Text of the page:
How might we use technology to make plant care simple and stress free?

Bloom is an interactive vase that gives real time information about the moisture and humidity levels that are ideal for your plant. Once a plant is selected on Bloom's LCD menu panel, the sensors calibrate to the ideal settings of that specific plant. It then lets the user know if the moisture and humidity is too high, too low, or in a safe range through light levels and colors.

 

Painpoints

It is often difficult to keep up with individual plant requirements. It becomes a daunting task to make sure all plants are watered well and are kept in the right environment for them to thrive. 
Why can't the plant just tell us when it needs something? Or if we are taking care of it properly? 
This is where the idea of Bloom stems from. Bloom is an interactive flower pot that lets the user know at a glance what the plant needs.

Developing an initial concept

Bloom started as a concept for an ambient device that would provide 'glanceable' information to the user. It was conceptualized as a standalone device that could be used for any potted plant as well as outdoor flower beds.

After being introduced to the Arduino Uno in a Physical Computing class, I realized that this was the perfect opportunity to develop Bloom! Team mate David Mahmarian and I began working on expanding the idea of plant care further and researching similar products online.

 

Testing different designs

Working with a spherical shape required materials that could not be acquired in time. However, we did have acrylic in our hands and wanted to immediately start building so that we could test the product as a prototype. Prototype, fail fast, iterate and improve was the mentality we had. Having gone through several iterations of Bloom's design, we decided on one that merged Bloom into the flower pot itself.

Detail 4

The following is placeholder text known as “lorem ipsum,” which is scrambled Latin used by designers to mimic real copy. Class aptent taciti sociosqu ad litora torquent per conubia nostra, per inceptos himenaeos. Fusce at massa nec sapien auctor gravida in in tellus. In sit amet felis malesuada, feugiat purus eget, varius mi. Class aptent taciti sociosqu ad litora torquent per conubia nostra, per inceptos himenaeos. Quisque congue porttitor ullamcorper.

 

making and prototyping

With the knowledge of Arduino Uno in hand, we began building the first prototype with moisture, humidity and infrared sensors. The first prototype of Bloom helped us develop skills and understand how to use sensors with the Arduino Uno. When gestured at, Bloom's two panels would light up to show how much moisture is in the soil and how much humidity is in the air.

Through our user research and critique we learned that there were two major changes that we needed to make for Bloom to be useful: 

  • The light levels need to be specific to the plant that is in Bloom
  • The user needs to understand if there is a call to action (when the soil is over or under watered and when the air is too humid or less humid for the specific plant)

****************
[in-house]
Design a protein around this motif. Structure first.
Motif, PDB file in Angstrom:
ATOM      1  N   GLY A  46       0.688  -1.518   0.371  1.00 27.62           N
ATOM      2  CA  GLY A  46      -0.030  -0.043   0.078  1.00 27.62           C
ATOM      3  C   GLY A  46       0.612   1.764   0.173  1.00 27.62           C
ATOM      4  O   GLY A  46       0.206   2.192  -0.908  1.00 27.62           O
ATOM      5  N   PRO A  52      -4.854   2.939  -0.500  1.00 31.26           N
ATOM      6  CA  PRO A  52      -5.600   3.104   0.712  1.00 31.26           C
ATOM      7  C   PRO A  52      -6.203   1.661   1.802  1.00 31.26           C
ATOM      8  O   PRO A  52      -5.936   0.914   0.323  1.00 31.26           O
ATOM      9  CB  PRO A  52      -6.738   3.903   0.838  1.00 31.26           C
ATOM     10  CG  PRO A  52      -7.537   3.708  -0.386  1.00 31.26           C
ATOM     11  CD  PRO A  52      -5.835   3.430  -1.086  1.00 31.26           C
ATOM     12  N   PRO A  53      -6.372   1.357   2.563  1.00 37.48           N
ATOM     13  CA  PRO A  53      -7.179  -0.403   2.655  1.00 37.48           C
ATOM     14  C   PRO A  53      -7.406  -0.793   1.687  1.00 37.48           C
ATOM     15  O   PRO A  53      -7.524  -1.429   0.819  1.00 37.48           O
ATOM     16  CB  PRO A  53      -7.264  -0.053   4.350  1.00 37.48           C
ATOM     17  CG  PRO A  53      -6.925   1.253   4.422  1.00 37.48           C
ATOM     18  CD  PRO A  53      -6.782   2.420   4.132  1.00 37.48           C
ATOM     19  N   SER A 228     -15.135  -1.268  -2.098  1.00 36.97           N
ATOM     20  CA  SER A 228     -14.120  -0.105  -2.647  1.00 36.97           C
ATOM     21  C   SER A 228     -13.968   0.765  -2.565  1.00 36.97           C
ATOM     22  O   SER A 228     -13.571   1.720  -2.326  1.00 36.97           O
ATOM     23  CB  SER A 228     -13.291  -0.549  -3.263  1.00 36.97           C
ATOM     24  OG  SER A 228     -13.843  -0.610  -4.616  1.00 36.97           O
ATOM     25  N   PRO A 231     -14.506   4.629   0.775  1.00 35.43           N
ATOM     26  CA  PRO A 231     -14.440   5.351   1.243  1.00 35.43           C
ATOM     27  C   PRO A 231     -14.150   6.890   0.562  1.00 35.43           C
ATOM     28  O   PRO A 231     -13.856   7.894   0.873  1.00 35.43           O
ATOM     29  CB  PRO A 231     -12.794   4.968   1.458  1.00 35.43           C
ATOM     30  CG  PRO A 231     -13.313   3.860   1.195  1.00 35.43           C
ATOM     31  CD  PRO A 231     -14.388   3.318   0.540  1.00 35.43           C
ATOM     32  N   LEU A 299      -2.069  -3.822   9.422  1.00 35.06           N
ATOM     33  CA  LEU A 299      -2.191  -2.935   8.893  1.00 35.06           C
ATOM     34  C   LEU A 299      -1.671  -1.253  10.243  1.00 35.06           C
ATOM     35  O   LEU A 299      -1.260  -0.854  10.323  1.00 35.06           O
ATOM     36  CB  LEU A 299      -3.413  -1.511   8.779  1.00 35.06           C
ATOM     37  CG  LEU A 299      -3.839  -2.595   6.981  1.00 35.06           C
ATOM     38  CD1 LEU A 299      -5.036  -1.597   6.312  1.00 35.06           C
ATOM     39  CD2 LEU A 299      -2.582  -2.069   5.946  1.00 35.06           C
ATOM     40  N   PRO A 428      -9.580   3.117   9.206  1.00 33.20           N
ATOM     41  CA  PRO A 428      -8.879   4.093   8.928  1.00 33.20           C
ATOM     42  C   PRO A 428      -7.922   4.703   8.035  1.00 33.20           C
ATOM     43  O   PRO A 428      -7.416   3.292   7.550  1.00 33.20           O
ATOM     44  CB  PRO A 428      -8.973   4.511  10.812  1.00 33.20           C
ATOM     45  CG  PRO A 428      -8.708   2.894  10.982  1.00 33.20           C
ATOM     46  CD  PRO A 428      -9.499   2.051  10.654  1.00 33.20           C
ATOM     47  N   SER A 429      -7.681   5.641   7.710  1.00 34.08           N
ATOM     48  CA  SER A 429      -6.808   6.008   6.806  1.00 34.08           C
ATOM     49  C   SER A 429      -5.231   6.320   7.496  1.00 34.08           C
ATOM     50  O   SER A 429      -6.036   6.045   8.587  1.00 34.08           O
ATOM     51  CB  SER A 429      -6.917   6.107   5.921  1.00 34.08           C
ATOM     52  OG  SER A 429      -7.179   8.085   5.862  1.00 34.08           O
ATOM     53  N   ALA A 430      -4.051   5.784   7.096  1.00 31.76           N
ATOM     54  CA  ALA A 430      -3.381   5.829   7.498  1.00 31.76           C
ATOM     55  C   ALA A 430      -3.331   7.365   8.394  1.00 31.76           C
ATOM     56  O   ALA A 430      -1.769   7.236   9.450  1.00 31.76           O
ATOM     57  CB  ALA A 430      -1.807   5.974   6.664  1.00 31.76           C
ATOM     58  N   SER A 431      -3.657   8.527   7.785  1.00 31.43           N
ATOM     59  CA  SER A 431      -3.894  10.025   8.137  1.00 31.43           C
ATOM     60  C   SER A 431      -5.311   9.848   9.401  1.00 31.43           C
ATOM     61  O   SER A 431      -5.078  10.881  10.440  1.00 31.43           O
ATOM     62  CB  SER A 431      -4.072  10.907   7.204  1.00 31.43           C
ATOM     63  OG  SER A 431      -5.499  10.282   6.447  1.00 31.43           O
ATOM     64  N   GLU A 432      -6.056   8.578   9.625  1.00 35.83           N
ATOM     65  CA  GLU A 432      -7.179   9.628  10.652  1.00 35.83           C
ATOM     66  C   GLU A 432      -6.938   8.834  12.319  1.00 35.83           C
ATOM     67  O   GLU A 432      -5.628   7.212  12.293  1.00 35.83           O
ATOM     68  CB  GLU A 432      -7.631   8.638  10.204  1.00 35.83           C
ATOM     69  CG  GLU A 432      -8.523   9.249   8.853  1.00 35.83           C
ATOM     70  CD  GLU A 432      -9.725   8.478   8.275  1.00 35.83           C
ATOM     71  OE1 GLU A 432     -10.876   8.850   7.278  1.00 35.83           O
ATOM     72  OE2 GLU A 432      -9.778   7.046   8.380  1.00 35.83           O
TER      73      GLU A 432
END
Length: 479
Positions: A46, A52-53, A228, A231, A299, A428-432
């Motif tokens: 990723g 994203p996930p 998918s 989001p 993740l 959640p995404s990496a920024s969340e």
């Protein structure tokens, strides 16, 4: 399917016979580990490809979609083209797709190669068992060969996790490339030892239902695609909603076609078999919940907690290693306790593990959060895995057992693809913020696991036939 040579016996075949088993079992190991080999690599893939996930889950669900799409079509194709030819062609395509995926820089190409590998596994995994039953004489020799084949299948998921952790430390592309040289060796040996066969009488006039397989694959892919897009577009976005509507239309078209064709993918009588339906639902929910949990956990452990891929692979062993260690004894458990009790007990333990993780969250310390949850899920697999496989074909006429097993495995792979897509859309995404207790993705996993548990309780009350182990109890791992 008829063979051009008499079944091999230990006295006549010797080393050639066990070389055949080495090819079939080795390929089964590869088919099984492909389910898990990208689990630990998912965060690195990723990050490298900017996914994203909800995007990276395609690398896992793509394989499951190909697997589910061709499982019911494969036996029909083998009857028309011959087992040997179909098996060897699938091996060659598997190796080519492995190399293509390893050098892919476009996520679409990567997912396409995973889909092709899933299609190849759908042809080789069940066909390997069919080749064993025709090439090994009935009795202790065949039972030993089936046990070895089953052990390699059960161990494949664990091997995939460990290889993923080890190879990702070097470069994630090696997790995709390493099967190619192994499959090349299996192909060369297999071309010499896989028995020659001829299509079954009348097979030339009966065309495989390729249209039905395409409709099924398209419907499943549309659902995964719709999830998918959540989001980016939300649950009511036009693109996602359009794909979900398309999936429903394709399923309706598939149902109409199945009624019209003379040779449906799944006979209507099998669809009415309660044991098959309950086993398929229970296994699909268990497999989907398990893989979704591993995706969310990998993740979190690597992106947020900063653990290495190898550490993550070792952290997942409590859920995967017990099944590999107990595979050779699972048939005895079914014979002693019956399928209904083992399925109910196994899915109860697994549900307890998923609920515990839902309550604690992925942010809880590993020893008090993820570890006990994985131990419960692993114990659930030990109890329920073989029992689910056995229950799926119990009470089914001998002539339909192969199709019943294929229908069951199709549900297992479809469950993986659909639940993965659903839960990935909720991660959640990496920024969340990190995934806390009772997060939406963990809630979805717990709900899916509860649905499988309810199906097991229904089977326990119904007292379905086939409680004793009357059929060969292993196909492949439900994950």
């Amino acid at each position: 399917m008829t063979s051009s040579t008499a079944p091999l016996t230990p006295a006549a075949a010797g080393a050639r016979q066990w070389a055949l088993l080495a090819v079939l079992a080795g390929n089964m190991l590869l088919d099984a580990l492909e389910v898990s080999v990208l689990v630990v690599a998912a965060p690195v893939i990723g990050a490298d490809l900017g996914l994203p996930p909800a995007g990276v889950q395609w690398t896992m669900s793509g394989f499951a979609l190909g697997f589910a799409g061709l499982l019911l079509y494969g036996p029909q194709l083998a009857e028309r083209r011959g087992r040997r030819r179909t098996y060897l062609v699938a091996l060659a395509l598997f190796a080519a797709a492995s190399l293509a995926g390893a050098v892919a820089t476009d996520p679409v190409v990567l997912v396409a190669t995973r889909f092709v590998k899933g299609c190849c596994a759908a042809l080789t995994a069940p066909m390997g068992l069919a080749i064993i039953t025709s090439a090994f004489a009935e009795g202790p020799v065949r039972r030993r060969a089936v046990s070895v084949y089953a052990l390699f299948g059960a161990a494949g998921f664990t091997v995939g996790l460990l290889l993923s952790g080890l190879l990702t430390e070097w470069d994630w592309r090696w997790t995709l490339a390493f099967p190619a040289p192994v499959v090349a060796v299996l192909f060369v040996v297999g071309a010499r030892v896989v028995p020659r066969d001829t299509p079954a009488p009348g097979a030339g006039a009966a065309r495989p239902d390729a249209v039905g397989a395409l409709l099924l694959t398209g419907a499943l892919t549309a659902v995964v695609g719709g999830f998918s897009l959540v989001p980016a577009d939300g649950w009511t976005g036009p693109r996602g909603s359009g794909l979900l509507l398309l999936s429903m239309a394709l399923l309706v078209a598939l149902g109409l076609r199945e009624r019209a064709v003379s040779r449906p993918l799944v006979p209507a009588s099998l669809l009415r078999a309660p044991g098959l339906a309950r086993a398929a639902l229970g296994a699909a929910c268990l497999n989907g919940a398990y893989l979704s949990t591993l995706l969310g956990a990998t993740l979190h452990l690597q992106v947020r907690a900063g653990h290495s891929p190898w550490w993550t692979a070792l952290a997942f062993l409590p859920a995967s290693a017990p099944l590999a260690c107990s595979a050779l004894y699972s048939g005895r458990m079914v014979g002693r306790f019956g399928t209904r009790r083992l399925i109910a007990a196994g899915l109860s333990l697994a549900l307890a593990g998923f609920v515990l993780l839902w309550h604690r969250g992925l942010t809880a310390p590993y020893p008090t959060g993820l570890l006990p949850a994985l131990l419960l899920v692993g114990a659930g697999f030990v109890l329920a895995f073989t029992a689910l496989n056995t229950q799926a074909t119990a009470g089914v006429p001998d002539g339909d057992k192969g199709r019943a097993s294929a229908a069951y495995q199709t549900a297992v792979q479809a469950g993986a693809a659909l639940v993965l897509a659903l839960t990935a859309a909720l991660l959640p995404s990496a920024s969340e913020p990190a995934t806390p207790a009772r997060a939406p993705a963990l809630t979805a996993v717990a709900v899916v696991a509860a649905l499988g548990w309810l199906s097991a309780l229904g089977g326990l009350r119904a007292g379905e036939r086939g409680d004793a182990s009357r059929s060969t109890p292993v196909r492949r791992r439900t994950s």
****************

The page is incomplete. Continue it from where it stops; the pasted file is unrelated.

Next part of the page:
User testing: a critique session on Bloom gave us valuable feedback on the next steps: Bloom needed to be personalized to the plant and also needed a call to action

User testing: a critique session on Bloom gave us valuable feedback on the next steps: Bloom needed to be personalized to the plant and also needed a call to action

 

Making Bloom more Usable and Useful

Improving the usability: To make Bloom specific to a plant and to add an interactive interface, we decided to add an LCD menu for users to select their plant name. We researched the ideal moisture and humidity levels for 3 specific plants and created a small database with this information.

 

To communicate a call to action, we developed a simple light indicator sustem for the moisture and humidity panel. It was important to make the light levels indicate three states: too high, too low, and safe. Since the two extremes needed a call to action, we decided that these should be red. Wehn the moisture level is safe, the light indicators are blue. When the humidity level is safe, the light indicators are yellow.

Improving interaction and communication: A light indicator system was used for call to action. Red lights indicated that the moisture/humidity are too high or too low.

Improving interaction and communication: A light indicator system was used for call to action. Red lights indicated that the moisture/humidity are too high or too low.

The second working prototype of Bloom with an LCD panel and a light indicator system

The second working prototype of Bloom with an LCD panel and a light indicator system

Team mate David Mahmarian and I present the second prototype of Bloom

Team mate David Mahmarian and I present the second prototype of Bloom

What I Learned

 

  • Concept sketching
  • Drawing storyboards to demonstrate user journey
  • Quick prototyping for quick user testing and quick iterations (fail fast and iterate)
  • User testing an interactive device for feedback
  • Working with Arduino Uno, sensor readings, LCD screens and Adafruit's Neopixels
  • Programming in C
  • Product Design (material capabilities)